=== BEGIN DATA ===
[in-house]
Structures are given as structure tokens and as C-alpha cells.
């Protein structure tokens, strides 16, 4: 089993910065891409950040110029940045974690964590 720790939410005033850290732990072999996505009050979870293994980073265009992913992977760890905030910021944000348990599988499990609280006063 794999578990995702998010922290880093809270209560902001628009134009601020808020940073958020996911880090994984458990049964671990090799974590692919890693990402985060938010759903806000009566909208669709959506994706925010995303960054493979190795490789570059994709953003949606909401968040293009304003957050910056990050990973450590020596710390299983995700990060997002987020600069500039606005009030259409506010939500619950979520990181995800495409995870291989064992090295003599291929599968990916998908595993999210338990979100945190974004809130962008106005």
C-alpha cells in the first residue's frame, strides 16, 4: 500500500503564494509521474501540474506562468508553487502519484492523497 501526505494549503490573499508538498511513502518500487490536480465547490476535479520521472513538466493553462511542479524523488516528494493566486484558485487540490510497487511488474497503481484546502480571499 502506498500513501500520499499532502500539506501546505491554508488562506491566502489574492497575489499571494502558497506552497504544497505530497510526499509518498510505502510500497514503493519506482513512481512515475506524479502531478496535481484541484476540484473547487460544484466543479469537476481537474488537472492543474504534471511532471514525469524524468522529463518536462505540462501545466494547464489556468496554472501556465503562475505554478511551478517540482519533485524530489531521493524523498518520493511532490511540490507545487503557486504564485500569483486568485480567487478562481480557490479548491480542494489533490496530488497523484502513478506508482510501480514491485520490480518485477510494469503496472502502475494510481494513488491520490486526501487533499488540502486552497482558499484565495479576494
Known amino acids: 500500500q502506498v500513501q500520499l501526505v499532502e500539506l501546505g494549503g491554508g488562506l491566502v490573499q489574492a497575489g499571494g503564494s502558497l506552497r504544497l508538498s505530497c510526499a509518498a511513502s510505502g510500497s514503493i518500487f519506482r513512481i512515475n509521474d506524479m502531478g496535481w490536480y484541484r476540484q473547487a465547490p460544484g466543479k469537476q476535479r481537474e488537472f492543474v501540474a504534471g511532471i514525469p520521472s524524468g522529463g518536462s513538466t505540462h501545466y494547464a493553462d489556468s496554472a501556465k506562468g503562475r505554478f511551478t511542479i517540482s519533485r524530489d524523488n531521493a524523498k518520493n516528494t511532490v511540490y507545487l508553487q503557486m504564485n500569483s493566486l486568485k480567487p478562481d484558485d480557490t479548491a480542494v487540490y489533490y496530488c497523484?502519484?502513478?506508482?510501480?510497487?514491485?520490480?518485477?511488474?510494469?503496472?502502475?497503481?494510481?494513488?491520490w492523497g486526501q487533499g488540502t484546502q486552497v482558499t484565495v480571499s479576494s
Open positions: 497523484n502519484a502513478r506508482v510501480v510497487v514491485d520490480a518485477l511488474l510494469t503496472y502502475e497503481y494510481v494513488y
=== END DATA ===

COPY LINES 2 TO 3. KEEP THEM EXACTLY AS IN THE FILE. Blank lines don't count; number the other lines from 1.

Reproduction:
Structures are given as structure tokens and as C-alpha cells.
């Protein structure tokens, strides 16, 4: 089993910065891409950040110029940045974690964590 720790939410005033850290732990072999996505009050979870293994980073265009992913992977760890905030910021944000348990599988499990609280006063 794999578990995702998010922290880093809270209560902001628009134009601020808020940073958020996911880090994984458990049964671990090799974590692919890693990402985060938010759903806000009566909208669709959506994706925010995303960054493979190795490789570059994709953003949606909401968040293009304003957050910056990050990973450590020596710390299983995700990060997002987020600069500039606005009030259409506010939500619950979520990181995800495409995870291989064992090295003599291929599968990916998908595993999210338990979100945190974004809130962008106005």